Academic Master


Gender Representation Issues in Media

Gender representation issues began in the past when feminists began fighting for their rights to equality. As we all know, women have been under-graded in our societies, with men being superior in most cases. Studies on gender-based issues began in the 1950s when gender portrayal in the media led to the launch of the Second Feminism Wave (Bagdikian and Ben, 10). Mass media was topping the list of Second Wave Feminists because of their oppressive representation of women in different genres. Researchers, however, began to address the issue almost two decades later.

Despite all that, the subject remains a contemporary issue in relation to media studies. Jennifer Siebel wrote a documentary about stereotypical roles of women in the mass media, Miss Representation (Bagdikian and Ben, 15). It revealed how media develops images and certain contents that shape the perception of gender roles simply by reestablishing stereotypes.

Internationally recognized TV programs like The Wife Swap, global excellent sellers like Men Are from Mars, Women Are from Venus plus many other Hollywood blockbusters, for example, Avatar, do not only reflect on our understanding but also gender and even sexuality. Media is a very important influence in all these, even though most people do not understand such kinds of influence since the majority do not instantly absorb the content of whatever they read, see, and even hear (Baitinger, and Gail, 580). They only get the sense when critically engaged in a discussion touching on what they are watching. Media representation of both men and women is changing rapidly though not in a straight forward. Some people argue that despite media reflections of the changing diversity of society concerning the changes in society, such as women’s movement from their traditional domestic nature to the public hemisphere, the changes are not liberating or empowering.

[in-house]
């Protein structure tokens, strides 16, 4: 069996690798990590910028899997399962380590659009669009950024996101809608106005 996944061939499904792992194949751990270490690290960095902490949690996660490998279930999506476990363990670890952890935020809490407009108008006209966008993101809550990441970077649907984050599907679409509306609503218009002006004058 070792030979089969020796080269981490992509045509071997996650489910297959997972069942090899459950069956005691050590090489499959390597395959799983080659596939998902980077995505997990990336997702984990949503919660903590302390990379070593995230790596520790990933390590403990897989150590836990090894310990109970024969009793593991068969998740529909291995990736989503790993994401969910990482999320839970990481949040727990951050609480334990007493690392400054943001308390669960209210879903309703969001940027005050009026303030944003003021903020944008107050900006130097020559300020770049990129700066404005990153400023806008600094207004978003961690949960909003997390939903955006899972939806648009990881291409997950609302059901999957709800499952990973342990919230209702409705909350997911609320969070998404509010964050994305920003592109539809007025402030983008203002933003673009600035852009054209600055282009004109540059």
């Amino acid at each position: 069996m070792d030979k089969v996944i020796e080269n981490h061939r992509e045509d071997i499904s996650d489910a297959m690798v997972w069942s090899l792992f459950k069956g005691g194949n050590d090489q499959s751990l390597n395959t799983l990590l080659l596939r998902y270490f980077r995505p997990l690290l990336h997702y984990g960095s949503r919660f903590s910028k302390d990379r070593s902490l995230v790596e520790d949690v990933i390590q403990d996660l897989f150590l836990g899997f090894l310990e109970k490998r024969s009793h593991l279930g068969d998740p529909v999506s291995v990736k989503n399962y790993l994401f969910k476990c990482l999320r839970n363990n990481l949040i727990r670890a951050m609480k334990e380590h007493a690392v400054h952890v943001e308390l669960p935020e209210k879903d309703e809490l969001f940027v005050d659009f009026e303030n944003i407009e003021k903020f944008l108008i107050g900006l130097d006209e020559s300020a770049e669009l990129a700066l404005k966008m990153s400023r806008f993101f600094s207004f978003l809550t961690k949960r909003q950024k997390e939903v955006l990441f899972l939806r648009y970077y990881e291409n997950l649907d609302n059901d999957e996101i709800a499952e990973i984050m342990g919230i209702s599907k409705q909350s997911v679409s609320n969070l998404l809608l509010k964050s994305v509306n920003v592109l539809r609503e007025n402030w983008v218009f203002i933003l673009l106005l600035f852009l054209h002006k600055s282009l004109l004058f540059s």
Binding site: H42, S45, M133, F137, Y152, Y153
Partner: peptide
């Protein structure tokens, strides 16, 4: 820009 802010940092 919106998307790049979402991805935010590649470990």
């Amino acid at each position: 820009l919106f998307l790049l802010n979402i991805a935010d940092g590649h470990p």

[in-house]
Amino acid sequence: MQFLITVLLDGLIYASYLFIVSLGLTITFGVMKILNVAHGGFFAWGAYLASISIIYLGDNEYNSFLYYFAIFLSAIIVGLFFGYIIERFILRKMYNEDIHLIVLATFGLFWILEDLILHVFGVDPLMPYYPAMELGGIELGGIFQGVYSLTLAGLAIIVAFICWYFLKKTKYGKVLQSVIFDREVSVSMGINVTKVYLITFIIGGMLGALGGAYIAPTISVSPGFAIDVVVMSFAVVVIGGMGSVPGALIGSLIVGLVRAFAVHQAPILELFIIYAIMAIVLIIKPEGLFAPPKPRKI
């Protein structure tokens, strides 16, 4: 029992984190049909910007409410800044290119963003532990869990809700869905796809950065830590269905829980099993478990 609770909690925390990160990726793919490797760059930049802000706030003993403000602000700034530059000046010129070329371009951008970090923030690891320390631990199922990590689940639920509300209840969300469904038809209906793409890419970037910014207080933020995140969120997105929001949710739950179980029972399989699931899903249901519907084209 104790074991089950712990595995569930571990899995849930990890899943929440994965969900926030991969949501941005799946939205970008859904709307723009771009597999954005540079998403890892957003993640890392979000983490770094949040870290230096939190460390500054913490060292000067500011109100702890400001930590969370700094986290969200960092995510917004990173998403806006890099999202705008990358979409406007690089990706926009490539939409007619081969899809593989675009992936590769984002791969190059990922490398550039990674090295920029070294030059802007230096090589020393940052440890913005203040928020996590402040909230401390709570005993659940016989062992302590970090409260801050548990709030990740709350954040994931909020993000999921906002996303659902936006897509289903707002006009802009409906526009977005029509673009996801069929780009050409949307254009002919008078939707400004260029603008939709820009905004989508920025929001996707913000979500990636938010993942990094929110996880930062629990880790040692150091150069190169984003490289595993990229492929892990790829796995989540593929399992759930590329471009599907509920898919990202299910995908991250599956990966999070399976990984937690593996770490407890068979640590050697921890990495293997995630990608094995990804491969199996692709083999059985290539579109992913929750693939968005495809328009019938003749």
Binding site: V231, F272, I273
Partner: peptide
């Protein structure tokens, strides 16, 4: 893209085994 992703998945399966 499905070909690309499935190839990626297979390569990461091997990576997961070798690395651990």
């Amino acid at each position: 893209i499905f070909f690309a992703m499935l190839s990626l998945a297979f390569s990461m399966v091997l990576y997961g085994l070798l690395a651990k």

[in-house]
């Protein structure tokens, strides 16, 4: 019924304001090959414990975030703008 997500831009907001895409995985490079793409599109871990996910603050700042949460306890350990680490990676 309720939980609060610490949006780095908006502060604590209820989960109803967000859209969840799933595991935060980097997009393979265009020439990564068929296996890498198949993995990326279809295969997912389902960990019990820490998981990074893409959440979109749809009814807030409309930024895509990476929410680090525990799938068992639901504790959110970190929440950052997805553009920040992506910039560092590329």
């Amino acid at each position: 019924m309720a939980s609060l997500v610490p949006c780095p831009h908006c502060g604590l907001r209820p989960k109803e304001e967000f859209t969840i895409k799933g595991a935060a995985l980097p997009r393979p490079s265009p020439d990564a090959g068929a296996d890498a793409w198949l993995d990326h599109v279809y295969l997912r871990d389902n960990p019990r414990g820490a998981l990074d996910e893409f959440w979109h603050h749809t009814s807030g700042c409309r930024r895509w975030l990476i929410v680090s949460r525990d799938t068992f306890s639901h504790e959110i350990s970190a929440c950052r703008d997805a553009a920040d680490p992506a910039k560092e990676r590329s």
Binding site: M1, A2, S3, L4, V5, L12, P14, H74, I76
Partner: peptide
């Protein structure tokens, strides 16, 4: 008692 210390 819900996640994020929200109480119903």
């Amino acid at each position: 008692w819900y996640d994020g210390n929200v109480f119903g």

The media’s negativity on gender representation has been seen in some of the latest TV shows and mainstream media, where regressive representation of female characters is clearly shown (Baitinger and Gail, 586). The term post-feminist cultures of the media is used for feminist scholarship checking on the contemporary mainstream media where feminism is acknowledged and, at the same time, dismissed in the same movies. Critical analysis of gender-based issues shows that there is a sense of gender inequality shown in TV shows and other mass media events. TV shows such as Sex and the City, Ally McBeal, and Desperate Housewives, plus other magazines, suggest feminism in the movie’s mainstream media representation is narrowly focused on empowerment and choice becoming a matter of the outfits to put on, whether sexy-looking clothes or affection girlish or rather laddish characteristics. Again, in the rise of celebrity gossip in different sites and media sources plus makeover shows, we see some kind of punitive surveillance of women celebrities and characters (Duggan et al. 22). Shaming of women’s physical and bodies is particularly a major issue for the working class of women. Men have continuously shown their lack of respect for women in all these ways.